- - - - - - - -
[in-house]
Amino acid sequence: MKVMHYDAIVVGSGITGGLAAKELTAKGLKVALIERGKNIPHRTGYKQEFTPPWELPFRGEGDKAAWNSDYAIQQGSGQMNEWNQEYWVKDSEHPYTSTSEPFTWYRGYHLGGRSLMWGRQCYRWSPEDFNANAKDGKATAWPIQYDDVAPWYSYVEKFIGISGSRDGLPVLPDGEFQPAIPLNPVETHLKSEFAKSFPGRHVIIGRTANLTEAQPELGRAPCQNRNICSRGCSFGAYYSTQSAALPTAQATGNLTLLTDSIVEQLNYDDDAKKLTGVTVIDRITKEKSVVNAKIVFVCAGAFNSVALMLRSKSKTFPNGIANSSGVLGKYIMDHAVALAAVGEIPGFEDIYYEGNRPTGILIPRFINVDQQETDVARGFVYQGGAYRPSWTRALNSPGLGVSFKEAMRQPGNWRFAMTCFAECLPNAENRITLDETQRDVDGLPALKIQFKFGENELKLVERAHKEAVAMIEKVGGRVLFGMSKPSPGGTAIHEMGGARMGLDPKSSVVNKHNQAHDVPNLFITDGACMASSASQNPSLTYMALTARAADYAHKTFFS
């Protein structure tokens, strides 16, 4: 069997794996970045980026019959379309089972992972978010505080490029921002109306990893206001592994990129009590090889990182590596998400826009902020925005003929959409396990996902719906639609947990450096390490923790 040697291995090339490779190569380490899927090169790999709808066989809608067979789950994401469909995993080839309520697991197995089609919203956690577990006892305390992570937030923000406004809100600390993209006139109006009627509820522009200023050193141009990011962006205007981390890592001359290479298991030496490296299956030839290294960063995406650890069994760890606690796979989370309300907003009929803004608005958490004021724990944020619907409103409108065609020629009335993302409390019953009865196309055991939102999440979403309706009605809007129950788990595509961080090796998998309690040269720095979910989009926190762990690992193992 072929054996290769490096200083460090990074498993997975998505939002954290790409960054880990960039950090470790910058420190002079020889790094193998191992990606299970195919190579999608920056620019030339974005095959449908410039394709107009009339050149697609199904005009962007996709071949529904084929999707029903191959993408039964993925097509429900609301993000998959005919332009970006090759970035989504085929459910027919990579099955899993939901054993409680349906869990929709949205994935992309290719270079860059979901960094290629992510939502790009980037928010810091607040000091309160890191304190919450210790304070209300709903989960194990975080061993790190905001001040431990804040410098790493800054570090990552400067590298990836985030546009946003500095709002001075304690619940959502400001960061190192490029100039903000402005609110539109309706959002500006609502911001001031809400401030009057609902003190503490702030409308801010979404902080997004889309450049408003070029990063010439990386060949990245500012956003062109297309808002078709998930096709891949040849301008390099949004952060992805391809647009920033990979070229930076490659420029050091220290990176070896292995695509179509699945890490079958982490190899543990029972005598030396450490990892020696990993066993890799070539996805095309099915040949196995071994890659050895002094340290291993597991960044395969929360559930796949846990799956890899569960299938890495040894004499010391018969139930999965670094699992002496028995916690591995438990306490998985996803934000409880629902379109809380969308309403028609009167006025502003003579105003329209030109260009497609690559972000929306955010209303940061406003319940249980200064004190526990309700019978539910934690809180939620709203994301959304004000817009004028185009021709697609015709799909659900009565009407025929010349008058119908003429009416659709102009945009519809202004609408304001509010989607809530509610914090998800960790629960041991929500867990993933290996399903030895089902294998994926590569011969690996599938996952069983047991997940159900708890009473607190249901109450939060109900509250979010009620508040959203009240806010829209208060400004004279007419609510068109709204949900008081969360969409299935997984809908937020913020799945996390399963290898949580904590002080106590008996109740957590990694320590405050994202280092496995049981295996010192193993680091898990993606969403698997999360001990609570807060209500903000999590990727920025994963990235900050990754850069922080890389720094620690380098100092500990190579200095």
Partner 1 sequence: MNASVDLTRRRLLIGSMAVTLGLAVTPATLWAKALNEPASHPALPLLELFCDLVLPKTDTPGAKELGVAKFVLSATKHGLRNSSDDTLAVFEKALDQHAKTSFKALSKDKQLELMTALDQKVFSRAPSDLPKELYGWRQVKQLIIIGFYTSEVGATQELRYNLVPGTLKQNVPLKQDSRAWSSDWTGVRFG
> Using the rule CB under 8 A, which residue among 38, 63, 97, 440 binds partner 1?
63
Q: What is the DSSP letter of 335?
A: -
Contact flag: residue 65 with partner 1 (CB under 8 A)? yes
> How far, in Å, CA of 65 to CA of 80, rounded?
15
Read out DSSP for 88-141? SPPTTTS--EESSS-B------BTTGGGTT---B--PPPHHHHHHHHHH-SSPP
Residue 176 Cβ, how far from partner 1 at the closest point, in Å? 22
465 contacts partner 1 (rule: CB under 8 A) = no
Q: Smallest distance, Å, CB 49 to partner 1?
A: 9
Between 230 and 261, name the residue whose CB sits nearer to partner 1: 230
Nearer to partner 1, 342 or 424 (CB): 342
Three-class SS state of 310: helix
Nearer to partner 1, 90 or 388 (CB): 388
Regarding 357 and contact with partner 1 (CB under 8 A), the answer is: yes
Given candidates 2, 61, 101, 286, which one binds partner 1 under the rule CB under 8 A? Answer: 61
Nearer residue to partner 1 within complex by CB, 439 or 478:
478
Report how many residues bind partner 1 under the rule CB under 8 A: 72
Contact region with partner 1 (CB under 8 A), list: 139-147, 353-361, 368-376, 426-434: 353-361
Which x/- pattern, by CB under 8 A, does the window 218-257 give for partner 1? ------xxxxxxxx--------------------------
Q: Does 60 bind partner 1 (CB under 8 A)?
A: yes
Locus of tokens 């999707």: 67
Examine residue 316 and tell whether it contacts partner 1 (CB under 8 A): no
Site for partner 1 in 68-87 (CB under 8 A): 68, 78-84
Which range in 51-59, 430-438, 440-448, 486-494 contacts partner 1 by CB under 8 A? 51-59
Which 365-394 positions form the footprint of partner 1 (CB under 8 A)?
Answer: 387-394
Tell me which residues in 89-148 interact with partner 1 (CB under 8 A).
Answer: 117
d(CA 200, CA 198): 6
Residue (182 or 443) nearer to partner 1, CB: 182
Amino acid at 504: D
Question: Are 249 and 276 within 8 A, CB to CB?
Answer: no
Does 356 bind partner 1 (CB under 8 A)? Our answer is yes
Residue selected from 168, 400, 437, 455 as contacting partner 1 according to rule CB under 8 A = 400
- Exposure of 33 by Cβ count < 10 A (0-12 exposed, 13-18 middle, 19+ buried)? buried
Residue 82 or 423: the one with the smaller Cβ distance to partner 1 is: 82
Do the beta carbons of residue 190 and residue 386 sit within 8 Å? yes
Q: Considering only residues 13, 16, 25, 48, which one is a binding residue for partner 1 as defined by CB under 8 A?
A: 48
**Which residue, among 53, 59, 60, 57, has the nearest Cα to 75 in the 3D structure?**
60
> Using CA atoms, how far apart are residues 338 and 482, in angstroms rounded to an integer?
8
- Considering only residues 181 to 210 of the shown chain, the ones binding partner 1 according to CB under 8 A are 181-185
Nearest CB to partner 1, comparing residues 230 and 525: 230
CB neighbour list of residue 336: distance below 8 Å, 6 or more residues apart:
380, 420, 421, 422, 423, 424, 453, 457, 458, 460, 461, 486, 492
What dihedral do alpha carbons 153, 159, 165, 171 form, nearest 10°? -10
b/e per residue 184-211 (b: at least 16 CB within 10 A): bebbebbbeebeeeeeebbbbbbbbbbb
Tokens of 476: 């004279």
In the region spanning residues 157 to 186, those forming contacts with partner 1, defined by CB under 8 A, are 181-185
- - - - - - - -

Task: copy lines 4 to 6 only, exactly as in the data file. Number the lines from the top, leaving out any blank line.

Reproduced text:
Partner 1 sequence: MNASVDLTRRRLLIGSMAVTLGLAVTPATLWAKALNEPASHPALPLLELFCDLVLPKTDTPGAKELGVAKFVLSATKHGLRNSSDDTLAVFEKALDQHAKTSFKALSKDKQLELMTALDQKVFSRAPSDLPKELYGWRQVKQLIIIGFYTSEVGATQELRYNLVPGTLKQNVPLKQDSRAWSSDWTGVRFG
> Using the rule CB under 8 A, which residue among 38, 63, 97, 440 binds partner 1?
63